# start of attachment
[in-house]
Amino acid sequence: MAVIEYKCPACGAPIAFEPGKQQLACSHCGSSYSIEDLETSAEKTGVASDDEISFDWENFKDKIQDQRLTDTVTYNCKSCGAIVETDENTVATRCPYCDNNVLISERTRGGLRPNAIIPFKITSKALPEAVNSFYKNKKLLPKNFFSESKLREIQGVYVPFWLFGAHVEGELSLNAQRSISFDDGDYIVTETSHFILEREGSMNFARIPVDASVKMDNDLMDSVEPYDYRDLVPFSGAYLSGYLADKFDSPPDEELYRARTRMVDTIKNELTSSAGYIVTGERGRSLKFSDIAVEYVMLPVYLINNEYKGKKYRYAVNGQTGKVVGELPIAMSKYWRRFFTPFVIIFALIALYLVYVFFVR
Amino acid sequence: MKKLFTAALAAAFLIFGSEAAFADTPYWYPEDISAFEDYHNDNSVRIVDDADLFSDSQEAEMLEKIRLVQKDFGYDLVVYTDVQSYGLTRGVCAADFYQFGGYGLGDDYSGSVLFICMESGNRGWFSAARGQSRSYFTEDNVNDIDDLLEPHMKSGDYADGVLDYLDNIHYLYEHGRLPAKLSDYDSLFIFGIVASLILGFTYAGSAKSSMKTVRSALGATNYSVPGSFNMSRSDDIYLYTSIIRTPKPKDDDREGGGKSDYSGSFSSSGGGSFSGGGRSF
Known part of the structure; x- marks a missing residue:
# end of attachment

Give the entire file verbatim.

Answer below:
[in-house]
Amino acid sequence: MAVIEYKCPACGAPIAFEPGKQQLACSHCGSSYSIEDLETSAEKTGVASDDEISFDWENFKDKIQDQRLTDTVTYNCKSCGAIVETDENTVATRCPYCDNNVLISERTRGGLRPNAIIPFKITSKALPEAVNSFYKNKKLLPKNFFSESKLREIQGVYVPFWLFGAHVEGELSLNAQRSISFDDGDYIVTETSHFILEREGSMNFARIPVDASVKMDNDLMDSVEPYDYRDLVPFSGAYLSGYLADKFDSPPDEELYRARTRMVDTIKNELTSSAGYIVTGERGRSLKFSDIAVEYVMLPVYLINNEYKGKKYRYAVNGQTGKVVGELPIAMSKYWRRFFTPFVIIFALIALYLVYVFFVR
Amino acid sequence: MKKLFTAALAAAFLIFGSEAAFADTPYWYPEDISAFEDYHNDNSVRIVDDADLFSDSQEAEMLEKIRLVQKDFGYDLVVYTDVQSYGLTRGVCAADFYQFGGYGLGDDYSGSVLFICMESGNRGWFSAARGQSRSYFTEDNVNDIDDLLEPHMKSGDYADGVLDYLDNIHYLYEHGRLPAKLSDYDSLFIFGIVASLILGFTYAGSAKSSMKTVRSALGATNYSVPGSFNMSRSDDIYLYTSIIRTPKPKDDDREGGGKSDYSGSFSSSGGGSFSGGGRSF
Known part of the structure; x- marks a missing residue: